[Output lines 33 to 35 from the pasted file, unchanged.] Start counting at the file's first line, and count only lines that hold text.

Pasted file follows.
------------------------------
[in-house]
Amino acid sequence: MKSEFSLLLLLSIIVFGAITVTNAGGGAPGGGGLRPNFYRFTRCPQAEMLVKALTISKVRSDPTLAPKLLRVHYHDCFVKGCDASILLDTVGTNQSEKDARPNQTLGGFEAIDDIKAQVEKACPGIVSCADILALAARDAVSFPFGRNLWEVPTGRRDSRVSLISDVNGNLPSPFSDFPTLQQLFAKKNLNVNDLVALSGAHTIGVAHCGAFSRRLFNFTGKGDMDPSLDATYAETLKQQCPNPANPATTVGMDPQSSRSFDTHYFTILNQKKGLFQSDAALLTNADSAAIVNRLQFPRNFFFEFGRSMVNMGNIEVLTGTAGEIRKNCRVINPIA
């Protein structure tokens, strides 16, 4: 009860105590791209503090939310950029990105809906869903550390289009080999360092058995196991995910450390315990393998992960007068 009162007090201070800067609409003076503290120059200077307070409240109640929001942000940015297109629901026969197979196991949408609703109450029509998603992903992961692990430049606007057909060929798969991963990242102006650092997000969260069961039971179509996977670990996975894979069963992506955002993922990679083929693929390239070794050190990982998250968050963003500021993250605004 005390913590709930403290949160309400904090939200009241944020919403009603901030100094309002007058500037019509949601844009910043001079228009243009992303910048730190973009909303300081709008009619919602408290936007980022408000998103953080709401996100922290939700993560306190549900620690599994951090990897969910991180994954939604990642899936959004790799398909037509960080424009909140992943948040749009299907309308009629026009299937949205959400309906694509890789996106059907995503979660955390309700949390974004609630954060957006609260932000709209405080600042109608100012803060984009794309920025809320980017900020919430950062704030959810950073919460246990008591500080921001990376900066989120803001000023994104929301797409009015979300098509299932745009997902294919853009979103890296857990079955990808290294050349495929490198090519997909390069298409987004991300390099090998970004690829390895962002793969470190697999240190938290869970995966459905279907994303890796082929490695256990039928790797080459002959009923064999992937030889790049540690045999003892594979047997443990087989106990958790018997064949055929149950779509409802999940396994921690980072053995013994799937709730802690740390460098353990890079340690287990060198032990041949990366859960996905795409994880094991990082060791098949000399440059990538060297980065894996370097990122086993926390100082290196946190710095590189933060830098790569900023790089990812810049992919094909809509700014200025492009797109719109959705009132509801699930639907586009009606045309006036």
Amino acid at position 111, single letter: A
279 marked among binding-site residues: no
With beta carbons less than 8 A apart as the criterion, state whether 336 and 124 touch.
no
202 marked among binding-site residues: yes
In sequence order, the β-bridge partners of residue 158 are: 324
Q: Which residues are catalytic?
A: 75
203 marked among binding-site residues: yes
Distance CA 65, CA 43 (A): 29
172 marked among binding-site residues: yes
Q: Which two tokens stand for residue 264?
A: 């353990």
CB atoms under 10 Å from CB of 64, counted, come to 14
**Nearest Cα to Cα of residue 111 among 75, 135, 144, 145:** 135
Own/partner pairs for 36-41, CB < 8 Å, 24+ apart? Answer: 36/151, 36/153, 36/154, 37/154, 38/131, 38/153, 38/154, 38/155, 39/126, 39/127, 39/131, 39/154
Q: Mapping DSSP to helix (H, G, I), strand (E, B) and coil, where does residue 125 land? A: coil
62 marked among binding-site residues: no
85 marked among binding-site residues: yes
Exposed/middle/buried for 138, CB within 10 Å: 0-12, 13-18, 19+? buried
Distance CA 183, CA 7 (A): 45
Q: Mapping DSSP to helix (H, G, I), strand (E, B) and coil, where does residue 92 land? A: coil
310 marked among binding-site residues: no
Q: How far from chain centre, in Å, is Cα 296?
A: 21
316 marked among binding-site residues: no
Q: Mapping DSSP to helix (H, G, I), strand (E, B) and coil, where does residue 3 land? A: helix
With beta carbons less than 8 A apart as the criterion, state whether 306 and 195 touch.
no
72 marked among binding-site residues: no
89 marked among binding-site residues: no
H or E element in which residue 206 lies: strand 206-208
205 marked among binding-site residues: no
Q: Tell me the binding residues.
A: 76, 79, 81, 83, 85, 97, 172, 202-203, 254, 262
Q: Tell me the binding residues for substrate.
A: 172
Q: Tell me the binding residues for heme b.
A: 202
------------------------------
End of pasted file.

72 marked among binding-site residues: no
89 marked among binding-site residues: no
H or E element in which residue 206 lies: strand 206-208